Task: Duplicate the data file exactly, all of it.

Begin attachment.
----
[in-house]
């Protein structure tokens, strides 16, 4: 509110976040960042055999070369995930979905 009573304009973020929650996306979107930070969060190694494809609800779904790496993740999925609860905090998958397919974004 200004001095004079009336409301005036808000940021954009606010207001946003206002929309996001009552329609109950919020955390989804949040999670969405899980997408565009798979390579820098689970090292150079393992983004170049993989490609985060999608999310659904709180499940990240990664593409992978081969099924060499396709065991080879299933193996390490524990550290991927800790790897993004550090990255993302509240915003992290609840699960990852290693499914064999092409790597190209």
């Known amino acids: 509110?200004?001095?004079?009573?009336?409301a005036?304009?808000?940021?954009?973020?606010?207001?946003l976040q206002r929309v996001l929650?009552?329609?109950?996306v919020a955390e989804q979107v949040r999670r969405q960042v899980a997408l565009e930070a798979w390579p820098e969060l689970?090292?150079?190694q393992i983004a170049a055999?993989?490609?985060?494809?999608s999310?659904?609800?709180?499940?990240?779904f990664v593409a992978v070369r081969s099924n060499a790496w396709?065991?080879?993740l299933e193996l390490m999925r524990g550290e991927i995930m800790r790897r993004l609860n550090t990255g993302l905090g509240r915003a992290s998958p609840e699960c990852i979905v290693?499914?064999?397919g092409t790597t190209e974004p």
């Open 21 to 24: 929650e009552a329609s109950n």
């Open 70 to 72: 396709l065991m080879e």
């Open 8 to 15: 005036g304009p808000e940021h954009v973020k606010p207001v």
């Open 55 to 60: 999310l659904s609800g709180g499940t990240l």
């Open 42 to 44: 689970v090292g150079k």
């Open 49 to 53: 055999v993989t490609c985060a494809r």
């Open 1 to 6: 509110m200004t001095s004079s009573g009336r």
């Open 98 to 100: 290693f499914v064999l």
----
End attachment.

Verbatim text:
[in-house]
């Protein structure tokens, strides 16, 4: 509110976040960042055999070369995930979905 009573304009973020929650996306979107930070969060190694494809609800779904790496993740999925609860905090998958397919974004 200004001095004079009336409301005036808000940021954009606010207001946003206002929309996001009552329609109950919020955390989804949040999670969405899980997408565009798979390579820098689970090292150079393992983004170049993989490609985060999608999310659904709180499940990240990664593409992978081969099924060499396709065991080879299933193996390490524990550290991927800790790897993004550090990255993302509240915003992290609840699960990852290693499914064999092409790597190209």
């Known amino acids: 509110?200004?001095?004079?009573?009336?409301a005036?304009?808000?940021?954009?973020?606010?207001?946003l976040q206002r929309v996001l929650?009552?329609?109950?996306v919020a955390e989804q979107v949040r999670r969405q960042v899980a997408l565009e930070a798979w390579p820098e969060l689970?090292?150079?190694q393992i983004a170049a055999?993989?490609?985060?494809?999608s999310?659904?609800?709180?499940?990240?779904f990664v593409a992978v070369r081969s099924n060499a790496w396709?065991?080879?993740l299933e193996l390490m999925r524990g550290e991927i995930m800790r790897r993004l609860n550090t990255g993302l905090g509240r915003a992290s998958p609840e699960c990852i979905v290693?499914?064999?397919g092409t790597t190209e974004p």
């Open 21 to 24: 929650e009552a329609s109950n």
């Open 70 to 72: 396709l065991m080879e």
């Open 8 to 15: 005036g304009p808000e940021h954009v973020k606010p207001v």
């Open 55 to 60: 999310l659904s609800g709180g499940t990240l």
């Open 42 to 44: 689970v090292g150079k």
């Open 49 to 53: 055999v993989t490609c985060a494809r």
């Open 1 to 6: 509110m200004t001095s004079s009573g009336r």
């Open 98 to 100: 290693f499914v064999l």